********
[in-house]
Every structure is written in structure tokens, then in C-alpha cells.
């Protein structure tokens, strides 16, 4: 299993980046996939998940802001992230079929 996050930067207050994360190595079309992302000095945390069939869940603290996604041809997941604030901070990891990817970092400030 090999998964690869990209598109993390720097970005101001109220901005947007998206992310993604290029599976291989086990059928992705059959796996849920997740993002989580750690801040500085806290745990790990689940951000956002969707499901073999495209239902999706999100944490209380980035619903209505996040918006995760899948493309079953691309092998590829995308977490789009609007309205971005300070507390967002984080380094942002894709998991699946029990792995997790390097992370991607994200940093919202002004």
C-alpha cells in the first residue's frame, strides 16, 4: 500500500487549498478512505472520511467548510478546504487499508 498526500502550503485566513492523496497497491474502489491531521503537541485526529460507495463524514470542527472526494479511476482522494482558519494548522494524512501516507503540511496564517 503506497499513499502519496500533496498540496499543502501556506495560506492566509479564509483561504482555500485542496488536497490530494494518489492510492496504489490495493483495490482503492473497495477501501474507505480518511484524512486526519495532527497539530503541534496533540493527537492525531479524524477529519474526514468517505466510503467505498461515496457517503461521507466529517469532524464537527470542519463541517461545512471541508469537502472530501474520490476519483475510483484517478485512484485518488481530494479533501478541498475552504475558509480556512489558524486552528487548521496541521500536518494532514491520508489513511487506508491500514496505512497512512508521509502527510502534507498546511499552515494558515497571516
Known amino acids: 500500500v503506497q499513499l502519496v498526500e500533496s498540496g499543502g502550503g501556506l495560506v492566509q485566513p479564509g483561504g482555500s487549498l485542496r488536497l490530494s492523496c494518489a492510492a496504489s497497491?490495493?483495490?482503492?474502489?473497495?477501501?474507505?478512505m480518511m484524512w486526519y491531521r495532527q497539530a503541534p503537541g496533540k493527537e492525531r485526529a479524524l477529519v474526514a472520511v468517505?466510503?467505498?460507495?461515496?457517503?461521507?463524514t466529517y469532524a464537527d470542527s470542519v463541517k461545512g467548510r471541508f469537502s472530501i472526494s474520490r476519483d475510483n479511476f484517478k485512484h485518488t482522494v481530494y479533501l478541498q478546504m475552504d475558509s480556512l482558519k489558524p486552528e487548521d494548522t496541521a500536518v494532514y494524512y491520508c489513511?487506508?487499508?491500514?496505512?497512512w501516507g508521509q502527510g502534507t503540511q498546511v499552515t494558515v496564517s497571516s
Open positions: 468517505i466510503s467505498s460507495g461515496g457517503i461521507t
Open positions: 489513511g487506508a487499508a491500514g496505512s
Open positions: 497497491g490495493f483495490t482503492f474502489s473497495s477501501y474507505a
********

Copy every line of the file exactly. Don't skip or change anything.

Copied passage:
[in-house]
Every structure is written in structure tokens, then in C-alpha cells.
């Protein structure tokens, strides 16, 4: 299993980046996939998940802001992230079929 996050930067207050994360190595079309992302000095945390069939869940603290996604041809997941604030901070990891990817970092400030 090999998964690869990209598109993390720097970005101001109220901005947007998206992310993604290029599976291989086990059928992705059959796996849920997740993002989580750690801040500085806290745990790990689940951000956002969707499901073999495209239902999706999100944490209380980035619903209505996040918006995760899948493309079953691309092998590829995308977490789009609007309205971005300070507390967002984080380094942002894709998991699946029990792995997790390097992370991607994200940093919202002004």
C-alpha cells in the first residue's frame, strides 16, 4: 500500500487549498478512505472520511467548510478546504487499508 498526500502550503485566513492523496497497491474502489491531521503537541485526529460507495463524514470542527472526494479511476482522494482558519494548522494524512501516507503540511496564517 503506497499513499502519496500533496498540496499543502501556506495560506492566509479564509483561504482555500485542496488536497490530494494518489492510492496504489490495493483495490482503492473497495477501501474507505480518511484524512486526519495532527497539530503541534496533540493527537492525531479524524477529519474526514468517505466510503467505498461515496457517503461521507466529517469532524464537527470542519463541517461545512471541508469537502472530501474520490476519483475510483484517478485512484485518488481530494479533501478541498475552504475558509480556512489558524486552528487548521496541521500536518494532514491520508489513511487506508491500514496505512497512512508521509502527510502534507498546511499552515494558515497571516
Known amino acids: 500500500v503506497q499513499l502519496v498526500e500533496s498540496g499543502g502550503g501556506l495560506v492566509q485566513p479564509g483561504g482555500s487549498l485542496r488536497l490530494s492523496c494518489a492510492a496504489s497497491?490495493?483495490?482503492?474502489?473497495?477501501?474507505?478512505m480518511m484524512w486526519y491531521r495532527q497539530a503541534p503537541g496533540k493527537e492525531r485526529a479524524l477529519v474526514a472520511v468517505?466510503?467505498?460507495?461515496?457517503?461521507?463524514t466529517y469532524a464537527d470542527s470542519v463541517k461545512g467548510r471541508f469537502s472530501i472526494s474520490r476519483d475510483n479511476f484517478k485512484h485518488t482522494v481530494y479533501l478541498q478546504m475552504d475558509s480556512l482558519k489558524p486552528e487548521d494548522t496541521a500536518v494532514y494524512y491520508c489513511?487506508?487499508?491500514?496505512?497512512w501516507g508521509q502527510g502534507t503540511q498546511v499552515t494558515v496564517s497571516s
Open positions: 468517505i466510503s467505498s460507495g461515496g457517503i461521507t
Open positions: 489513511g487506508a487499508a491500514g496505512s
Open positions: 497497491g490495493f483495490t482503492f474502489s473497495s477501501y474507505a